Back in 1973, Irving Kristol was struck by Americans’ eagerness to turn their country into a giant Sin City. Kristol wrote in the Wall Street Journal that gambling “undermines the classical virtues (moderation, self-reliance, self-discipline, thrift, diligence, etc.) while nourishing the classical vices (extravagance, avarice, the lack of social responsibility, etc.).” While professing his fondness for Las Vegas, Kristol also noted the ethical dilemmas involved in state lotteries and the problems that arise when people fail to distinguish between entertainment and vice.
Kristol found it odd that the government sets a minimum wage while advertising ways in which someone can fritter that wage away. “Does it really make sense,” he asked, “for the government to enact a mountain of legislation, from SEC registration to the labeling of consumer products, which protects people from unwise expenditures while urging them to make the unwisest expenditures of all, i.e., a gambling bet?”
Notice that the spread of gambling in the United States coincided with other forms of self-seeking, present-minded, and irresponsible behavior: the overconsumption of food and drink, the legalization of drugs, the pornification of society, and the rapid accumulation of private and public debt. As Americans loosened the bonds of self-restraint, as they came to think of thrift and moderation as “hypocritical or puritanical,” their society became unbundled and unrestrained. Their culture coarsened. Their politics turned vicious.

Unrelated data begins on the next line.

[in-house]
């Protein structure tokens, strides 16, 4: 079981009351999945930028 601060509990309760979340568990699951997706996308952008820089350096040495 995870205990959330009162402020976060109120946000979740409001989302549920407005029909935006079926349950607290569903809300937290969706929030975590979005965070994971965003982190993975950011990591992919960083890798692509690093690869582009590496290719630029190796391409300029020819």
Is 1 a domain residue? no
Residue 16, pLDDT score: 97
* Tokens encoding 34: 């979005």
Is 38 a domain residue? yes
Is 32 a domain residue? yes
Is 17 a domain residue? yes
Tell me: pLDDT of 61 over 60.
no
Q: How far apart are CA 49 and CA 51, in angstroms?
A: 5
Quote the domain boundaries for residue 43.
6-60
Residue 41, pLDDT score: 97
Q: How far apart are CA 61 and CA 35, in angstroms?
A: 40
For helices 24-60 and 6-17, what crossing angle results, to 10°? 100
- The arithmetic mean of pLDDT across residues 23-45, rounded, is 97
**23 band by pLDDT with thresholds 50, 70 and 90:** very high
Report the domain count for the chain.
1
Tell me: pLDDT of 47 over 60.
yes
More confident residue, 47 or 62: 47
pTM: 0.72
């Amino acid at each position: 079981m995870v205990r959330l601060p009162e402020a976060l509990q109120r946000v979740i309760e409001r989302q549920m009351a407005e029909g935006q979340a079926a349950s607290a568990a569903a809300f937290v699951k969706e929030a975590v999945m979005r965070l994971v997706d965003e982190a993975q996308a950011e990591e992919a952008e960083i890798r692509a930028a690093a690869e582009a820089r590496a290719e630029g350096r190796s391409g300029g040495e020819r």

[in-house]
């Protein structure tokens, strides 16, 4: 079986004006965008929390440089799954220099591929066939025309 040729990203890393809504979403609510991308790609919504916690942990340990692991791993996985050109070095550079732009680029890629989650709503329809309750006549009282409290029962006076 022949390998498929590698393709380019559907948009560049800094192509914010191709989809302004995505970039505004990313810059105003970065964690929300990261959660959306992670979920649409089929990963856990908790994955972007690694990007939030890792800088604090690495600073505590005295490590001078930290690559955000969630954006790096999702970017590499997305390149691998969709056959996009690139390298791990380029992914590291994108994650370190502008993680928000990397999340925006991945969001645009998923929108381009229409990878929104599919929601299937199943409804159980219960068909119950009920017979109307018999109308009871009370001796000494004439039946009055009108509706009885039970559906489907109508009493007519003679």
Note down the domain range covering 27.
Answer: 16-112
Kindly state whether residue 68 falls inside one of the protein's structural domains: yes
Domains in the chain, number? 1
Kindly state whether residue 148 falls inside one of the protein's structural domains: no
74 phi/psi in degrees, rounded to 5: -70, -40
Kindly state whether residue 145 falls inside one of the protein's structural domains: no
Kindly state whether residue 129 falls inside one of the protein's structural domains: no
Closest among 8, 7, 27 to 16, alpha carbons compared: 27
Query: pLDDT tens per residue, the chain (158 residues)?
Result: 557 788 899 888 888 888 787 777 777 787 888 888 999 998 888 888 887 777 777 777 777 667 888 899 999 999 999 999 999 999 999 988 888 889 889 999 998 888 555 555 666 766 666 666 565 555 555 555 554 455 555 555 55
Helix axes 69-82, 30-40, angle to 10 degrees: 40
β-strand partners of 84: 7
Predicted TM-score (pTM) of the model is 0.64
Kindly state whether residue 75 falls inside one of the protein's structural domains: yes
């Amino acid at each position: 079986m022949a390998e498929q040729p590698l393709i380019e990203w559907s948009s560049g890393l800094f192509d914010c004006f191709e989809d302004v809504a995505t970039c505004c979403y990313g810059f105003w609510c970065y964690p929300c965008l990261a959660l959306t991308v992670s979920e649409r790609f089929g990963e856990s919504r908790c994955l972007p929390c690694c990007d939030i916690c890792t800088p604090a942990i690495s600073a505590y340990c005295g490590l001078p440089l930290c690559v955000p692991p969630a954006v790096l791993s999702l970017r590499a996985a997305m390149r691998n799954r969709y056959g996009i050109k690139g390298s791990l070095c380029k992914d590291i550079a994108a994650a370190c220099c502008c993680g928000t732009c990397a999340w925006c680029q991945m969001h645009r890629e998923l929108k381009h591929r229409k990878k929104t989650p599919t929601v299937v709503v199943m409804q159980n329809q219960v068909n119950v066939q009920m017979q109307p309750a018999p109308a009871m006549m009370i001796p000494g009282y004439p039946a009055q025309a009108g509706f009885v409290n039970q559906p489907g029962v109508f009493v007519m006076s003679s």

Religion weakened. The triumph of gambling accompanied the growth of the unaffiliated — the “Nones” who profess no specific faith. The ethical injunctions of faith are intended to restrain irresponsible impulses. They are meant to direct attention away from the present to the future. These lessons become distant memories without religious education. They are forgotten without parents who habituate their children in virtuous conduct.
The lack of any uproar over online sports betting is a reminder that today’s Right is disoriented, off-kilter. Here is an issue that galvanized social conservatives for decades. Here is an issue that goes directly to the moral character of society and to the moral implications of politics. Yet the Right’s attention is elsewhere. It welcomes the “Barstool Conservatives” for whom vulgarity and freedom are synonyms. Its most passionate causes this week are Canadian truckers and the former host of “Fear Factor.” It sometimes acts as though the common good means the ability to say whatever you want, do whatever you want, indulge yourself for as long as you want — just so long as you own the libs.
Today’s gambling culture, like crypto, meme stocks, Twitch, and Greta Thunberg, may be just another aspect of the 21st century that I don’t “get.” Perhaps I am just another overprotective parent. Perhaps America is on the verge of rediscovering the moral dimension of politics, of reclaiming the virtues of self-restraint and comportment without which self-government cannot survive. Perhaps everything will be fine.
But I wouldn’t bet on it.
Matthew Continetti is a resident fellow at the American Enterprise Institute and the founding editor of The Washington Free Beacon. For more from the Free Beacon, sign up free of charge for the Morning Beacon email.